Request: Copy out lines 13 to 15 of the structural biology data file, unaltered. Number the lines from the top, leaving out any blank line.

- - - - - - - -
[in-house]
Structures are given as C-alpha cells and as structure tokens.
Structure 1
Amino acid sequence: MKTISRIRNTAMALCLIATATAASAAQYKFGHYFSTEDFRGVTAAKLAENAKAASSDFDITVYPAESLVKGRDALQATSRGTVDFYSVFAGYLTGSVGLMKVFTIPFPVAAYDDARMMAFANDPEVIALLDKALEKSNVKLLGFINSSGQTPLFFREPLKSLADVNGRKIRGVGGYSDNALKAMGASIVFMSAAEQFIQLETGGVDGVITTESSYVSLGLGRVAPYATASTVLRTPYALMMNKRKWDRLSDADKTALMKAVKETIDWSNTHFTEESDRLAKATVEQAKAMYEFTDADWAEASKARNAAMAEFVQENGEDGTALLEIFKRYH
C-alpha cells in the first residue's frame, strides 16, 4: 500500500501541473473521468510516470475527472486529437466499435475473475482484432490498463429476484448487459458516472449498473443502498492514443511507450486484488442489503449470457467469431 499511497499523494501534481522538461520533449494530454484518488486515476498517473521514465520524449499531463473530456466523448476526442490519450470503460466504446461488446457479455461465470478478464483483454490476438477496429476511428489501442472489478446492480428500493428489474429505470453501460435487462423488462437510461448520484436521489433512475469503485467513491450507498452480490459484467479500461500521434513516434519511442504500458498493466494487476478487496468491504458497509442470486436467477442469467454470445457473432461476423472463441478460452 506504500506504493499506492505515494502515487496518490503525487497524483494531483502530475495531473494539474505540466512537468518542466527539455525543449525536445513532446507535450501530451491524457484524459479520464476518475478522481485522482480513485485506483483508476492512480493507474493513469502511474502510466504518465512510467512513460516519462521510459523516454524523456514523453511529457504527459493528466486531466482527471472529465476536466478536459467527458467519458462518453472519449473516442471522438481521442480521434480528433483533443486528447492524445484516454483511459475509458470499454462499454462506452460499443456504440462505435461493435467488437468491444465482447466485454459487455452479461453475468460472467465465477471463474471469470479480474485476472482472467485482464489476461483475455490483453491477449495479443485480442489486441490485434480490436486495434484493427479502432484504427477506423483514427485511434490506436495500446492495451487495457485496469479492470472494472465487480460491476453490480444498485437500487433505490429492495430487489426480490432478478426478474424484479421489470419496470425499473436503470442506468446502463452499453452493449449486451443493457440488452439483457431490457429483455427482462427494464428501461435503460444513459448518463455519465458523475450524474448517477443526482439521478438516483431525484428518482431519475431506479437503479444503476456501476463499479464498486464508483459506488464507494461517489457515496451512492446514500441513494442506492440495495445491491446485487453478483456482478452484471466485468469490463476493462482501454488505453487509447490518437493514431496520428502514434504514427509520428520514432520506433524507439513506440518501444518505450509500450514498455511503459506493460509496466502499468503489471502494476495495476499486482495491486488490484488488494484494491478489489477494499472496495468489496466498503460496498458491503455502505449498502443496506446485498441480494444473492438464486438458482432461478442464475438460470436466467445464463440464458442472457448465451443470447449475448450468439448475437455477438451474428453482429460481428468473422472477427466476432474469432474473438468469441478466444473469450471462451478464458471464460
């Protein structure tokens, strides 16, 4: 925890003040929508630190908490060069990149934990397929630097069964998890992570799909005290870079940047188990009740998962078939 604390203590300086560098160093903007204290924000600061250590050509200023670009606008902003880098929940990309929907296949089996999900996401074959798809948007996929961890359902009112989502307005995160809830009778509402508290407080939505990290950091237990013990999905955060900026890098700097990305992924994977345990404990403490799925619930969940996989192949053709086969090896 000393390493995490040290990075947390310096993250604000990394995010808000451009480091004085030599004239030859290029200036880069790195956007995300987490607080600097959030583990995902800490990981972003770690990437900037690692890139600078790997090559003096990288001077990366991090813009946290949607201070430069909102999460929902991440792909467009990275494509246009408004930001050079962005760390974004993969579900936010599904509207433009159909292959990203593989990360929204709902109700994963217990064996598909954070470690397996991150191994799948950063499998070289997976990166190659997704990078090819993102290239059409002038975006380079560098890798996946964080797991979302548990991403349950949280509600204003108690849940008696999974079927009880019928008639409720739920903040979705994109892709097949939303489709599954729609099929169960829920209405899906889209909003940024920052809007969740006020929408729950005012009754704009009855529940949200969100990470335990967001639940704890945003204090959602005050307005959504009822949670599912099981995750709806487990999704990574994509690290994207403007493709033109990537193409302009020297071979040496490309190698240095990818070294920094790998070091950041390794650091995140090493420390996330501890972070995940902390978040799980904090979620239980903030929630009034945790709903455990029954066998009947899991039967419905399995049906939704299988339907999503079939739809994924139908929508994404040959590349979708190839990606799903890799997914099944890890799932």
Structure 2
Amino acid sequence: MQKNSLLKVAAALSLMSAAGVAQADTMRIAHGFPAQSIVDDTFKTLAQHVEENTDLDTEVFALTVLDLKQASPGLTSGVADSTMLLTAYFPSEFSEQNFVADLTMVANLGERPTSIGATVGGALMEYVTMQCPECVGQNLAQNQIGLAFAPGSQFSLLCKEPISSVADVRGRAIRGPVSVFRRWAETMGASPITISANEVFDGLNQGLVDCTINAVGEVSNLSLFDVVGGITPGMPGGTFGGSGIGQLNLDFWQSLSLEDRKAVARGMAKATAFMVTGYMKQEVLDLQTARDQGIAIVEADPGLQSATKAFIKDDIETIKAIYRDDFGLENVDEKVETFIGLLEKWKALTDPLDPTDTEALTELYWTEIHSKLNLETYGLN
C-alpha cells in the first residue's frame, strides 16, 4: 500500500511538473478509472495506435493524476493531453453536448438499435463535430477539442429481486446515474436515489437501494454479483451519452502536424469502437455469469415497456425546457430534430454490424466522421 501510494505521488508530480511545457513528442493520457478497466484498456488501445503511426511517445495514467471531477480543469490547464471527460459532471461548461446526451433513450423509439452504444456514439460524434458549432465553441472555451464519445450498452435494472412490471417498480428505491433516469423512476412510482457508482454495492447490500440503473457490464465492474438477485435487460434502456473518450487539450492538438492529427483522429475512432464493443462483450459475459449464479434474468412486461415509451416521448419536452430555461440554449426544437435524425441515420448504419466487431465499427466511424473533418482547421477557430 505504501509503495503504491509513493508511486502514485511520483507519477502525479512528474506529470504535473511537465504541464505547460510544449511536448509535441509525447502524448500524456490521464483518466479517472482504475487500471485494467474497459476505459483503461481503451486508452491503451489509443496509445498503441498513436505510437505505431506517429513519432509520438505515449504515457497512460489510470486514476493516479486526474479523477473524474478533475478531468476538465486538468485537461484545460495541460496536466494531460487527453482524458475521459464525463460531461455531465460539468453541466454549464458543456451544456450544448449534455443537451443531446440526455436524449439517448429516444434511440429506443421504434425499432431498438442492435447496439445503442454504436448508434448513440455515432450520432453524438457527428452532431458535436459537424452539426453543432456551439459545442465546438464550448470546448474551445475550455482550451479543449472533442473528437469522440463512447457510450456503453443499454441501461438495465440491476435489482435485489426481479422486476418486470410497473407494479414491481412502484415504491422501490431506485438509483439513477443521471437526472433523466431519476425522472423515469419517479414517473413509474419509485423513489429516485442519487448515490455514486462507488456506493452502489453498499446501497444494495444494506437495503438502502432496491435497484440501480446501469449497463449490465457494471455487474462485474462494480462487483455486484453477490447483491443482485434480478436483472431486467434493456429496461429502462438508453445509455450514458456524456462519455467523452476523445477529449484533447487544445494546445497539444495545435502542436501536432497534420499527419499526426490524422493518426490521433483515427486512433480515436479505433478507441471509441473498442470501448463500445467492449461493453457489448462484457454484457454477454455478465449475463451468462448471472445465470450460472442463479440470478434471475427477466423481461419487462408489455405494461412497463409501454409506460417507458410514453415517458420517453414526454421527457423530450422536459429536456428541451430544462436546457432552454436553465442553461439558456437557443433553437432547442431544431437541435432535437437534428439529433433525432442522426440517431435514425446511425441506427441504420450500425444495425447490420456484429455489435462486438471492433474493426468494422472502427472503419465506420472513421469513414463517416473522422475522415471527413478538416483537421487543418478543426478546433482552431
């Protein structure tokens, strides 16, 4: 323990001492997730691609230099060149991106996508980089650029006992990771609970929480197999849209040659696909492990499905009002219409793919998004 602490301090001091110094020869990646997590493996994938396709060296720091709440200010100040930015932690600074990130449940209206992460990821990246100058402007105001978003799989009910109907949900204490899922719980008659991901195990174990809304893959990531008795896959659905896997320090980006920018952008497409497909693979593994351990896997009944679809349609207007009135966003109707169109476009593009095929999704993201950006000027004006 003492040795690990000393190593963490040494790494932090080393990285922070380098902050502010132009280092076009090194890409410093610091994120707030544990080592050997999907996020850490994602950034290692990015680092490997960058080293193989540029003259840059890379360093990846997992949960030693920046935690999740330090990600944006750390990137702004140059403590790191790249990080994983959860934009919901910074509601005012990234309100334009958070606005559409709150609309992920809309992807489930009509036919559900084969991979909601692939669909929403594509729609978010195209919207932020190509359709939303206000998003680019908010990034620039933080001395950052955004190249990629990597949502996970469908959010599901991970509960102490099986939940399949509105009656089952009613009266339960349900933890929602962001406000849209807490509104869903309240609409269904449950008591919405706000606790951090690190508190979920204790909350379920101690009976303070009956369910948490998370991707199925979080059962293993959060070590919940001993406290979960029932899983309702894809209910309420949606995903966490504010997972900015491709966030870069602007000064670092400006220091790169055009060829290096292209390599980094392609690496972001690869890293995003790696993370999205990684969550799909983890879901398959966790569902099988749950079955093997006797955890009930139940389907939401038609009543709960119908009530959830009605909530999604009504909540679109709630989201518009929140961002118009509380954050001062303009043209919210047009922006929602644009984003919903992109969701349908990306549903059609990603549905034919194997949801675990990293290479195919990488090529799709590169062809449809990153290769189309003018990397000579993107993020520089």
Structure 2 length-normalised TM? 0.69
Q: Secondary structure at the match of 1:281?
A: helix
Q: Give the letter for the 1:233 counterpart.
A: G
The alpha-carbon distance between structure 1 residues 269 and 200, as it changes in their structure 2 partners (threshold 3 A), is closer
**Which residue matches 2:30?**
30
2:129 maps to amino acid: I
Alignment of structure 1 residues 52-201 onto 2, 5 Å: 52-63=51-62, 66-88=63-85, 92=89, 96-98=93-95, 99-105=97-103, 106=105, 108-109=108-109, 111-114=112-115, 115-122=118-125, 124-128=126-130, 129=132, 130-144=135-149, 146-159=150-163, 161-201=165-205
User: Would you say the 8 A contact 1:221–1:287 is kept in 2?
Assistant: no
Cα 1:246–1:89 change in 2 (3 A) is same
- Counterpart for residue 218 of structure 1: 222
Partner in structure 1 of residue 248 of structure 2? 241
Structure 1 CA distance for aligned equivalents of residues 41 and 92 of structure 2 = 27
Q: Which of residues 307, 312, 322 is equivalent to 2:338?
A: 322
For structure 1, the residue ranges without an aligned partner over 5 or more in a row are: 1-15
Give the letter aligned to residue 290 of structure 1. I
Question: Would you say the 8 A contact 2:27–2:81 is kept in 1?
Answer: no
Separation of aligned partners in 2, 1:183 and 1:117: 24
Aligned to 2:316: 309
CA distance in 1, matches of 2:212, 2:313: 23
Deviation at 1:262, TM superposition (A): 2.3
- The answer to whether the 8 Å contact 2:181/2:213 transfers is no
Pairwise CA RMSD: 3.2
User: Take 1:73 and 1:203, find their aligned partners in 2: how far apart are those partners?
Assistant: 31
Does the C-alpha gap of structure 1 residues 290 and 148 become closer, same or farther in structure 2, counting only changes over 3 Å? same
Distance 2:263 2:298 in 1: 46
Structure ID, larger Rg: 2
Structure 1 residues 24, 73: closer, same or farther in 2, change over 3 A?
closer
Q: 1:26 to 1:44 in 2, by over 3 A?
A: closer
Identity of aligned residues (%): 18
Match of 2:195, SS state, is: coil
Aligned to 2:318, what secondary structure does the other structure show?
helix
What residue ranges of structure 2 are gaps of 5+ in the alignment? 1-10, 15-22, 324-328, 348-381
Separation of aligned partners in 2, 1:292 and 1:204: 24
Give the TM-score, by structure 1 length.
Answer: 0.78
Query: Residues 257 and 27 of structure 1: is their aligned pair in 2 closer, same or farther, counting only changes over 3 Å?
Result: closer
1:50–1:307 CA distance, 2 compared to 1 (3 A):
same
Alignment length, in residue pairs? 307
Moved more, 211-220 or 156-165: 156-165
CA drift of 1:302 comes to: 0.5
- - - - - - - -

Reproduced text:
A: helix
Q: Give the letter for the 1:233 counterpart.
A: G